Now he can sit on his own for almost one minute!

Monday, April 6, 2015


The first purchase I decided to make was a HOPSA. Since we already had a track n the ceiling and a lift that we could use, I only needed the suit itself. This would allow us to get him in an upright position. We placed various textures under his feet, which we hope, he will learn to move himself from one to another. Then begin to move himself to his most favorite texture. 

 We also placed "noise makers" under his feet in hopes that he would enjoy making noise with his feet. This would start his moving in the HOPSA. As you can see, below, he really enjoyed this. He stops for a moment to process what he is doing, then laughs  and continues. He even drops the vibrating chew toy out of his mouth!


 One day, while in the HOPSA, I decided to use the resonance board like a wall for him to track along. Since there is not a wall close enough for him to reach. I held the resonance board in place as he moved, suddenly he realized that he was indeed moving himself.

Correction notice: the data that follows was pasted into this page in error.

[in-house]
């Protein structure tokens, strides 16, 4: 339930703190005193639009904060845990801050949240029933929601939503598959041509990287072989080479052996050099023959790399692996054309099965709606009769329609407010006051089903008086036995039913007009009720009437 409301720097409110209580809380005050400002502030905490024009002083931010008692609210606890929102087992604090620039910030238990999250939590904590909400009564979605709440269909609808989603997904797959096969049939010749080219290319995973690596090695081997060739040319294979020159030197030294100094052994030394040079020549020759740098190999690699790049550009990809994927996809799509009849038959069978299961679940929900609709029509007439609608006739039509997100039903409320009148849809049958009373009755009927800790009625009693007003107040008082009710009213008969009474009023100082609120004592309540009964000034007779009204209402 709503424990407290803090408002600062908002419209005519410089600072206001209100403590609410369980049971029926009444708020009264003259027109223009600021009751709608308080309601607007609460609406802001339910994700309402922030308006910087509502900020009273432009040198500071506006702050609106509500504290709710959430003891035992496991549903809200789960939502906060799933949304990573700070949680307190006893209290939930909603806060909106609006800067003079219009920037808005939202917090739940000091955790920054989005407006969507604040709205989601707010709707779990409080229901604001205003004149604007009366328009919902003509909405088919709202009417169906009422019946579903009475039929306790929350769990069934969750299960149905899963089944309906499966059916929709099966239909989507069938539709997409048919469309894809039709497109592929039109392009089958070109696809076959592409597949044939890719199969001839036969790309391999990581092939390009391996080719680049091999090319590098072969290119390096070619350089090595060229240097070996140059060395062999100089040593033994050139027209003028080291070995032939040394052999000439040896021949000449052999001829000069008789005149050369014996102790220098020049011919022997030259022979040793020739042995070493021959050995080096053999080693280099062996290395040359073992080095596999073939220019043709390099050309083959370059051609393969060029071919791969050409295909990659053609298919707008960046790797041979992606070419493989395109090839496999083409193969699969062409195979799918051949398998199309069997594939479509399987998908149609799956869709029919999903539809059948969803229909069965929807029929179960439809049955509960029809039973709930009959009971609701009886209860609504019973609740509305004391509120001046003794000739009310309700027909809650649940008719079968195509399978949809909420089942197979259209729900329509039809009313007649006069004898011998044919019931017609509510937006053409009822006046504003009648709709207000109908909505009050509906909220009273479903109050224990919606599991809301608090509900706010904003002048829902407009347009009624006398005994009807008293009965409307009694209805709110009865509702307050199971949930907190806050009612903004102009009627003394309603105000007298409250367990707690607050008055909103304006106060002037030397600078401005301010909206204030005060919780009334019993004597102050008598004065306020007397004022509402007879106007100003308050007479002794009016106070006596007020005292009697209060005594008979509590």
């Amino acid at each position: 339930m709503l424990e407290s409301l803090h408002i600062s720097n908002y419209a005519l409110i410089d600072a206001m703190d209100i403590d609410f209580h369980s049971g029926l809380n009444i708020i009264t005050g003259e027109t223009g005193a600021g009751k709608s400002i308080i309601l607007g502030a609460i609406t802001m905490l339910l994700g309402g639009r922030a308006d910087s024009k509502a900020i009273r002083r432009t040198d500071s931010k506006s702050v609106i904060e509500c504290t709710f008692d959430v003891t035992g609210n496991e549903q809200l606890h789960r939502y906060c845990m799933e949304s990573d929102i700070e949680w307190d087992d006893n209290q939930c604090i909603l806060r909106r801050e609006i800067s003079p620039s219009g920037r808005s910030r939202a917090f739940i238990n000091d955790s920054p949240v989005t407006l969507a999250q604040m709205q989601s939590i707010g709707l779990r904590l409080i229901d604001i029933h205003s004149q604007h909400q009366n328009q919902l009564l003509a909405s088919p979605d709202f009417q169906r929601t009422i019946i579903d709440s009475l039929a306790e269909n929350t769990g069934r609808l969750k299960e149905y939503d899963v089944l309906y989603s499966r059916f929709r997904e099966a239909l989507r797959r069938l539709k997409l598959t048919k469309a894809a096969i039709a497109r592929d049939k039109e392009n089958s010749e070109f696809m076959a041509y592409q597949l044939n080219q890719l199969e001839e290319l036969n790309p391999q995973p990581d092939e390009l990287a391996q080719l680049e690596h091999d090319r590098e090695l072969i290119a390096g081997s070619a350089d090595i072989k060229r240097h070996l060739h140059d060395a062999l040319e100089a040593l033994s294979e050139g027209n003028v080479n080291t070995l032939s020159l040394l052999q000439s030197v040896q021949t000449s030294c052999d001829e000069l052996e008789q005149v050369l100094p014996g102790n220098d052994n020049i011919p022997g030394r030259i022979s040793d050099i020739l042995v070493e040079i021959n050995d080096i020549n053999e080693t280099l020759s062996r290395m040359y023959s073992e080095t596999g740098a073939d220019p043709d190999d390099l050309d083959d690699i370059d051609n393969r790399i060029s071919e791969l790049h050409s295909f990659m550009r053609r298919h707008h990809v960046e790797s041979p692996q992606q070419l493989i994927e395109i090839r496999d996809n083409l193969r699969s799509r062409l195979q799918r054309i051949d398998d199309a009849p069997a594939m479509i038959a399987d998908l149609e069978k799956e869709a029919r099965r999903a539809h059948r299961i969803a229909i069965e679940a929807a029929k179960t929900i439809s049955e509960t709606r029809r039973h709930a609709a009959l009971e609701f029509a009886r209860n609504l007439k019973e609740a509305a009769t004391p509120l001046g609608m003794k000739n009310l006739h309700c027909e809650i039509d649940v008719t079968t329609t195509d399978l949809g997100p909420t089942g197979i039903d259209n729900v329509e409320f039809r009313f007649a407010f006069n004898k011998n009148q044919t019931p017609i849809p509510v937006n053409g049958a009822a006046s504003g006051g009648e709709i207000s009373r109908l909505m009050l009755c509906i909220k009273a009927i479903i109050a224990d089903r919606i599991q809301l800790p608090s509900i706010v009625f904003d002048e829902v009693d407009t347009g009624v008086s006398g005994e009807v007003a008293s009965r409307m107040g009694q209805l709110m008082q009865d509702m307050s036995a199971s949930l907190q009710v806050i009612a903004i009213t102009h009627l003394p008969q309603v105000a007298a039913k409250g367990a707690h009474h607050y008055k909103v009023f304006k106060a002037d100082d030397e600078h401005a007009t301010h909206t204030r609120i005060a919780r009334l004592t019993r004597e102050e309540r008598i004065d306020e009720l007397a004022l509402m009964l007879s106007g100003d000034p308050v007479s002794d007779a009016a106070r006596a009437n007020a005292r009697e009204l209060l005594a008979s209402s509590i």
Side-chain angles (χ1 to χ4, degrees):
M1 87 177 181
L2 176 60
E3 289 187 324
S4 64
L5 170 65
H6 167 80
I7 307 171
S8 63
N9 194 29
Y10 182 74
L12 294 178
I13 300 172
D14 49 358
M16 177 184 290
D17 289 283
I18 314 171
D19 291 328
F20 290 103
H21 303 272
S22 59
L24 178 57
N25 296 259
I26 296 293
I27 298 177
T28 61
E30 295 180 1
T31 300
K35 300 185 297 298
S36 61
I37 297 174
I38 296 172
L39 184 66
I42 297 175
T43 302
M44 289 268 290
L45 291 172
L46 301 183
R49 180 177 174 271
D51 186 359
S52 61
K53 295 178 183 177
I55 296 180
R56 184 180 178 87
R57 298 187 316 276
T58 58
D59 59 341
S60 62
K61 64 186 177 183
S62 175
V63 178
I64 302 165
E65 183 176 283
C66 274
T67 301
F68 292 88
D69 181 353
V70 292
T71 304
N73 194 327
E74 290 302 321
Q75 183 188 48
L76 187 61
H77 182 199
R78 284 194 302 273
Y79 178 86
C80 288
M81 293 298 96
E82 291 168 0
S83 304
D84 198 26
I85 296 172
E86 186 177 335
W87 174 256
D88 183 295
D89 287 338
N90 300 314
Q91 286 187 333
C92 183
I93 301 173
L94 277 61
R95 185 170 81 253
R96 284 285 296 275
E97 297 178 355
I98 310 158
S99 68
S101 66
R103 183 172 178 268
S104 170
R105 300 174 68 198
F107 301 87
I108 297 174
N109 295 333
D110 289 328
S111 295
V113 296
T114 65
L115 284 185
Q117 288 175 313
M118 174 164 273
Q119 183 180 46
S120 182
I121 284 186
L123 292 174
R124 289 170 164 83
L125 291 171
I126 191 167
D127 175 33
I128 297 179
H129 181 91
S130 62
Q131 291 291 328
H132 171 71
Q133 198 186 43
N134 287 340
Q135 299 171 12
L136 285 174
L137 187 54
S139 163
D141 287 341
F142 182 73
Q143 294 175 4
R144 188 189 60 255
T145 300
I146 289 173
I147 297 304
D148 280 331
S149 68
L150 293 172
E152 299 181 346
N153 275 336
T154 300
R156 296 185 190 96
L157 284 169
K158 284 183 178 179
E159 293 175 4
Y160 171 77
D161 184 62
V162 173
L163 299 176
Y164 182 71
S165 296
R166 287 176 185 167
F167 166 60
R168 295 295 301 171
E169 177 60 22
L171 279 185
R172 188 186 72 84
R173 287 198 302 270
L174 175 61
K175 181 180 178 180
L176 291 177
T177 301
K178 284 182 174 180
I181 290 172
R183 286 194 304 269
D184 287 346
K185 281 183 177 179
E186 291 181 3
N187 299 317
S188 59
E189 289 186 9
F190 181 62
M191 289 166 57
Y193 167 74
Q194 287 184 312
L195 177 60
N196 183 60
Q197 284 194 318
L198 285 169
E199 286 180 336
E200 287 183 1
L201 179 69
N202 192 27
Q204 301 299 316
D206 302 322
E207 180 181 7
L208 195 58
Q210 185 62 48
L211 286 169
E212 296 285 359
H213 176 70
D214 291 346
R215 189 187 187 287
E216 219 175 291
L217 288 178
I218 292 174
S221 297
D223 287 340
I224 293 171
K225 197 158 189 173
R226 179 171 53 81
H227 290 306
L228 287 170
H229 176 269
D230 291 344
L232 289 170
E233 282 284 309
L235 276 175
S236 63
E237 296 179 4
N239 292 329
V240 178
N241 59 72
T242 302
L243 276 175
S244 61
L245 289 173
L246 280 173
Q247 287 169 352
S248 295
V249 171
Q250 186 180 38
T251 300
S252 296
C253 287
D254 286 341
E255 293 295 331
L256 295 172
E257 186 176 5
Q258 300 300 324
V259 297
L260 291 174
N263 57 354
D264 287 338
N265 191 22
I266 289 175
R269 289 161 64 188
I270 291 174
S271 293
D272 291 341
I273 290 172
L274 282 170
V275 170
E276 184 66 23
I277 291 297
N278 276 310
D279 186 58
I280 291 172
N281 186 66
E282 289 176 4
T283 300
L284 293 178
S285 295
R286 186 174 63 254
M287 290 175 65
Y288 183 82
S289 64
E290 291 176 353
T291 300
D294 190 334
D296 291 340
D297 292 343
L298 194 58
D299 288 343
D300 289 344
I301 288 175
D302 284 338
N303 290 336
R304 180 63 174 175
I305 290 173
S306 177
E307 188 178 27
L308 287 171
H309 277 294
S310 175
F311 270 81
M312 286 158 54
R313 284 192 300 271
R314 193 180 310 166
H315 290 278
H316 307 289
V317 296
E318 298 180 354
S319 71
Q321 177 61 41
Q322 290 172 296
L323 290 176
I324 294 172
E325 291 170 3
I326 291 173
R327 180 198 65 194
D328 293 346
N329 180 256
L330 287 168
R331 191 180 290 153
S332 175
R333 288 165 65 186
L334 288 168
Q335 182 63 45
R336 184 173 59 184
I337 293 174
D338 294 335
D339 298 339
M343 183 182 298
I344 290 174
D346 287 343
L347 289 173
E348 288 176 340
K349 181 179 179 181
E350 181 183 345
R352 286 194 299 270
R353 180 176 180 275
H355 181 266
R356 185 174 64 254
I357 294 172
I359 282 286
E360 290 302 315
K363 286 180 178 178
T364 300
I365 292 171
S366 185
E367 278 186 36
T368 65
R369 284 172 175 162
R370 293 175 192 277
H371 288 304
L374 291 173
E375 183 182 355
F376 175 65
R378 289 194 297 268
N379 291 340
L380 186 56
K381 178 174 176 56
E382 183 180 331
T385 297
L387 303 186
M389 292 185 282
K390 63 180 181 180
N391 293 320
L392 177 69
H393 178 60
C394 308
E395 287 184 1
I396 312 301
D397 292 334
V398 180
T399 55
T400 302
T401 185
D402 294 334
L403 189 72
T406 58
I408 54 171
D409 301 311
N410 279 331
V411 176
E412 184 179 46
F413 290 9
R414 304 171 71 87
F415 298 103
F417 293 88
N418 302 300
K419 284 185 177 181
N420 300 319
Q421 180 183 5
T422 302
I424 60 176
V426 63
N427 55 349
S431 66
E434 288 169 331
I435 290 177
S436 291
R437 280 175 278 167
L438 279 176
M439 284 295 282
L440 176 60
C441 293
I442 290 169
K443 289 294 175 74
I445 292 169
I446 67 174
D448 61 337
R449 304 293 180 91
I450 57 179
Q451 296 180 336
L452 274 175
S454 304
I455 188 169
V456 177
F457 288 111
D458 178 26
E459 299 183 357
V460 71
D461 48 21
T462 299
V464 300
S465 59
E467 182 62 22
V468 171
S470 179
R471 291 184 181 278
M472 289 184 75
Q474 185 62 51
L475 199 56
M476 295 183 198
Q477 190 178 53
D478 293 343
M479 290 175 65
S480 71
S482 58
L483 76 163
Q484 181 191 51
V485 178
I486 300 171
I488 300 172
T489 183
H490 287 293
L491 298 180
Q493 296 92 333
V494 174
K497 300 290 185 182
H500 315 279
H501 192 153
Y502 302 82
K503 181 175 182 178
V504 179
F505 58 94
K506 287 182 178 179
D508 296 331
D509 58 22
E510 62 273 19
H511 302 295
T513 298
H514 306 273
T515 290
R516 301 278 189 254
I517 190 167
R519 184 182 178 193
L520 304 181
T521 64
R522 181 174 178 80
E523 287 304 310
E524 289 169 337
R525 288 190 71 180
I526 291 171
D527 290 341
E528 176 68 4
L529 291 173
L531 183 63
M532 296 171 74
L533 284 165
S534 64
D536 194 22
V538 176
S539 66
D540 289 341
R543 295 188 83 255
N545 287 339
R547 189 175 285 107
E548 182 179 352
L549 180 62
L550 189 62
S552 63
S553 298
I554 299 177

In the first video, there is very little movement even after two minutes. He is also more interested in the texture belt around his waist and the chew toy in his mouth.

 The next video is short, but I found it difficult to hold the resonance board and video at the same time! It is also sideways but he moves himself and tracks along the resonance board. If I had room, I would have placed the track close to a wall.
Once he realized that he could move himself, he got very excited and moved himself up and down the track several times.  He is no longer playing with the "scratch belt" and has dropped the chew toy from his mouth. He puts all attention on moving himself.